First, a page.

Investing in Supply Chain Agility Now Will Pay Dividends Later, According to New Research

March 30, 2022

Supply chain disruptions can severely impair a company’s financial health. One well-known study analyzing more than 800 supply chain disruptions between 1989 and 2000 showed firms that suffered major supply chain disruptions experienced devastating consequences, such as sales declining by 93 percent and operating income dropping by 107 percent.[1] Companies take years to recover from disruptions’ aftershocks, straining every facet of their operations.

Investing in supply chain agility – that is, the ability to quickly adjust tactics and operations to respond to changes, opportunities or threats – can help firms avoid or significantly lessen catastrophic supply chain disruptions, according to a new white paper produced through the Advanced Supply Chain Collaborative (ASCC). “Understanding and Valuing the Impact of Agility in Your Supply Chain” argues that investing in supply chain agility will increase companies’ profits in the long term by giving them the flexibility to continue operations in adverse conditions and seize opportunities in advantageous situations. (ASCC is an undertaking by the Global Supply Chain Institute, working with faculty from the Department of Supply Chain Management and other departments in the Haslam College of Business at the University of Tennessee, Knoxville.)

Based on dozens of interviews with industry leaders, the paper reviews key barriers to investing in agility, offers guidance on identifying and valuing agility projects and presents best-in-class practices for building a more agile supply chain with multiple examples of successful supply chain agility initiatives and practical advice on implementation.

The interviews revealed that many companies believe their risk management strategies are sufficient protection against supply chain upheavals. But risk management reacts to negative events, while agility proactively addresses possible dangers, helping organizations minimize or avoid problems altogether. Further, agility allows companies to focus on the potentials – such as increasing sales when a disruption forces competitors offline – rather than the risks of operating in a dynamic environment.

“It’s understandable that companies focus on risk management because it’s not easy to quantify the benefits of agility, given that it is preparation for a wide spectrum of potential events,” co-author Dan Pellathy, a supply chain management professor with Grand Valley State University says. “Supply chain managers can use the tools we share in this paper to build the case for investing in agility projects as an essential component of overall business success.”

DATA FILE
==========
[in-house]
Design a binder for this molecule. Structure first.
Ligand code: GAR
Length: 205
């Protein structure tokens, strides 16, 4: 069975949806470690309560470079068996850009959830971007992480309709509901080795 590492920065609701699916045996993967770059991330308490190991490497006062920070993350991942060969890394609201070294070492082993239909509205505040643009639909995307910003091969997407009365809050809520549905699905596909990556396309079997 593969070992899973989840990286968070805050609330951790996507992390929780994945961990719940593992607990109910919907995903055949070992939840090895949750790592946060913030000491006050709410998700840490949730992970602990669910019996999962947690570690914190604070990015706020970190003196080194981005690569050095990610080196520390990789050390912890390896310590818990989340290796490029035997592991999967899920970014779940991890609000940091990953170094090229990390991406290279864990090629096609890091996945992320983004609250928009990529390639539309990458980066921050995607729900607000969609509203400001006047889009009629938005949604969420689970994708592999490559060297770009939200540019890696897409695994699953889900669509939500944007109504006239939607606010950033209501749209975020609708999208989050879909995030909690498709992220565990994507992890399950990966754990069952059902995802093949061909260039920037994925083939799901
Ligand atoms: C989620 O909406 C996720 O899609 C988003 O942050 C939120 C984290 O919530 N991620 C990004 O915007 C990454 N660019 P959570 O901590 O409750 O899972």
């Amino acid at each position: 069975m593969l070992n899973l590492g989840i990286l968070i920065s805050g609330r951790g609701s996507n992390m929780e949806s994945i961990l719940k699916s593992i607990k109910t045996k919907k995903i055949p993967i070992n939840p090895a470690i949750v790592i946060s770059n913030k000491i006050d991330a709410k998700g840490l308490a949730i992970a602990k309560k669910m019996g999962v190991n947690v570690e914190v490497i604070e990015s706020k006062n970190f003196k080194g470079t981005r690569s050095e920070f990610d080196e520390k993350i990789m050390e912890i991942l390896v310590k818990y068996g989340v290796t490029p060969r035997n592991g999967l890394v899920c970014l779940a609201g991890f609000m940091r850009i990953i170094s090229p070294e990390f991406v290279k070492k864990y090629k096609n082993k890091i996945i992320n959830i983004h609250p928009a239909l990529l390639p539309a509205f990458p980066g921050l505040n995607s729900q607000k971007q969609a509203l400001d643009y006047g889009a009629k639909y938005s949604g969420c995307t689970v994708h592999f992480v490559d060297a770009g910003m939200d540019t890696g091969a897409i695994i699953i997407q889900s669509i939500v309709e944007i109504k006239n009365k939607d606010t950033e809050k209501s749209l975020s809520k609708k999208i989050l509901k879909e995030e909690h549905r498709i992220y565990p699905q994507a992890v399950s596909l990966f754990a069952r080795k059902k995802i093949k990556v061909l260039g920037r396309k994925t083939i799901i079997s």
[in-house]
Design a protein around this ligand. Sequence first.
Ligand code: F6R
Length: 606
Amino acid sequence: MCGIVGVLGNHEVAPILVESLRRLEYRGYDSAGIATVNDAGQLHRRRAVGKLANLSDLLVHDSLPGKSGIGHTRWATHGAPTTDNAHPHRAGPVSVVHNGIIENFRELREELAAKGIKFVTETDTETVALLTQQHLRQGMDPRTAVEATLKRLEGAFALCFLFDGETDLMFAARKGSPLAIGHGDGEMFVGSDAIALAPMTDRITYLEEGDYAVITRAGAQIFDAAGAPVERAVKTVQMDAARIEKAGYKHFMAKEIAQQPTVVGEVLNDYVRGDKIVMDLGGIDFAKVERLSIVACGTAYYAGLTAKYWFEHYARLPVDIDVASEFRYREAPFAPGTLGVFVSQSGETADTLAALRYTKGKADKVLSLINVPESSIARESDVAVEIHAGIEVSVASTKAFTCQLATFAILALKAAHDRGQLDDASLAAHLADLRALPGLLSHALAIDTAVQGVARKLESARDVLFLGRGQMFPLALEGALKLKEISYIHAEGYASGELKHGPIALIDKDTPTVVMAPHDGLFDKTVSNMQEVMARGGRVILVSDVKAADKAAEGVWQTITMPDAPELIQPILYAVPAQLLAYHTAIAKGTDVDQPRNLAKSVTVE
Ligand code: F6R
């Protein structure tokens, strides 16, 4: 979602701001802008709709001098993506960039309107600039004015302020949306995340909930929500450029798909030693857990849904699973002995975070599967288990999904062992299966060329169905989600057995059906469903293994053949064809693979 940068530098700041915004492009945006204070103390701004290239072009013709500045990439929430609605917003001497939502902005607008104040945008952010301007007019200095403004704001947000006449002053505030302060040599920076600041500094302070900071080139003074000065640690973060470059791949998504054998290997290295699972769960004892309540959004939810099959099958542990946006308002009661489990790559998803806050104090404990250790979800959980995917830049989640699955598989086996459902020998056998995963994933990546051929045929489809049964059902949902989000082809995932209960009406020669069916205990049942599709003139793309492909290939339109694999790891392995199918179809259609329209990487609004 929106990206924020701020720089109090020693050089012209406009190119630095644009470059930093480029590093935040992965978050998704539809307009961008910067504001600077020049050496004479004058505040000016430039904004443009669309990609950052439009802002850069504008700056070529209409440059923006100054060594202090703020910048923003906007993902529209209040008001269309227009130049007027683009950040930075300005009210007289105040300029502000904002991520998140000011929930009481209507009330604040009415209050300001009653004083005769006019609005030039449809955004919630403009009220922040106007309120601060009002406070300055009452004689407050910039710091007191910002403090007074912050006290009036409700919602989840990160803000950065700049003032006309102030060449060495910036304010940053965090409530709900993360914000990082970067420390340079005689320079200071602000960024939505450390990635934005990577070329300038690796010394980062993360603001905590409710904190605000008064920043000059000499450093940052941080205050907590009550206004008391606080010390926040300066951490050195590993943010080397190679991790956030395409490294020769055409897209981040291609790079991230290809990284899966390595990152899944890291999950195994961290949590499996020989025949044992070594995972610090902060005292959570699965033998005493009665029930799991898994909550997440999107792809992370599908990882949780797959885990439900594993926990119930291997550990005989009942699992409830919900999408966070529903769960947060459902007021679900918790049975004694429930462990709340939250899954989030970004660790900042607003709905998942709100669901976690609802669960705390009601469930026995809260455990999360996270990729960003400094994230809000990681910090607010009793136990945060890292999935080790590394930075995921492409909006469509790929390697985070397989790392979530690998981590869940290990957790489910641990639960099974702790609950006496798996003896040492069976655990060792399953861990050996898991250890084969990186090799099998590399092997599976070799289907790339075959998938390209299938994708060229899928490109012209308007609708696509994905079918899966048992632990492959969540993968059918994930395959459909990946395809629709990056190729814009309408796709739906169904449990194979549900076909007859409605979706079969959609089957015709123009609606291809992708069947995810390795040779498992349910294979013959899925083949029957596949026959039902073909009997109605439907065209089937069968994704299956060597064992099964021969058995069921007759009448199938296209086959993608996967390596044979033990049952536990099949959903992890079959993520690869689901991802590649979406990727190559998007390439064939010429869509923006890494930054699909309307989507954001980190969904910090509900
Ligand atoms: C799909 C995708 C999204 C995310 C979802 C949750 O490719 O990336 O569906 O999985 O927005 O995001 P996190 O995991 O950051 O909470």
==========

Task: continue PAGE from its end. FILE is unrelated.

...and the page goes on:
These tools include a broadly applicable, quantitative approach to analyzing agility projects based on real options valuation, which can help managers make the business case for investment. To inform this analysis, the paper also presents a fast-start checklist and a detailed supply chain agility self-assessment table that guides managers’ discussions on their agility level to help identify target areas for investment.

“Instead of focusing on risk of supply chain disruptions, in our interviews, most of the supply chain executives pointed to lost opportunities to take advantage of gaps in the market when discussing agility during the COVID-19 crisis,” co-author J. Paul Dittmann, assistant head of Haslam’s supply chain management department, says. “That’s why, in the paper, we emphasize strategic advantages supply chain agility offers.”

Events like the 2008 global financial crisis and the 2020 pandemic exposed the vulnerability all firms face, and a company that believes such calamities will not befall it – along with lesser disruptions – is indulging in wishful thinking. In such a volatile environment, the authors say, a firm’s ability to create an agile supply chain may be key to gaining a competitive advantage. So, all companies should develop the agility to respond to unexpected future events that inevitably will occur.

“Understanding and Valuing the Impact of Agility in Your Supply Chain” is GSCI’s 28th industry-focused white paper. Bruce Behn, Haslam’s associate dean for Graduate and Executive Education, and Pradeep Charath, a technical staff member at Seidman College of Business, are co-authors of the paper with Pellathy and Dittmann.

About the Advanced Supply Chain Collaborative

The Advanced Supply Chain Collaborative works as a collaborative think tank, engaging industry experts with UT faculty to explore advanced concepts in supply chain management. ASCC seeks to enhance the understanding of advanced digital applications and strategies to maximize impact; provide a technology think tank and subject matter expertise to explore issues related to advanced supply chain analytics tools and techniques; grow a talent base of students with applied technical and supply chain knowledge; and establish ROI for digital supply chain applications through a variety of tactics, processes and metrics. In pursuit of these goals, ASCC strives to create and grow a coalition of business practitioners and scholars focused on understanding how companies can leverage advanced innovations, such as cloud-based computing, machine learning and big data and analytics to build the supply chains of the future.


Scott McNutt, business writer/publicist,

 [1] Hendricks, Kevin B., and Vinod R. Singhal. “An empirical analysis of the effect of supply chain disruptions on long‐run stock price performance and equity risk of the firm.” Production and Operations Management 14.1 (2005): 35-52.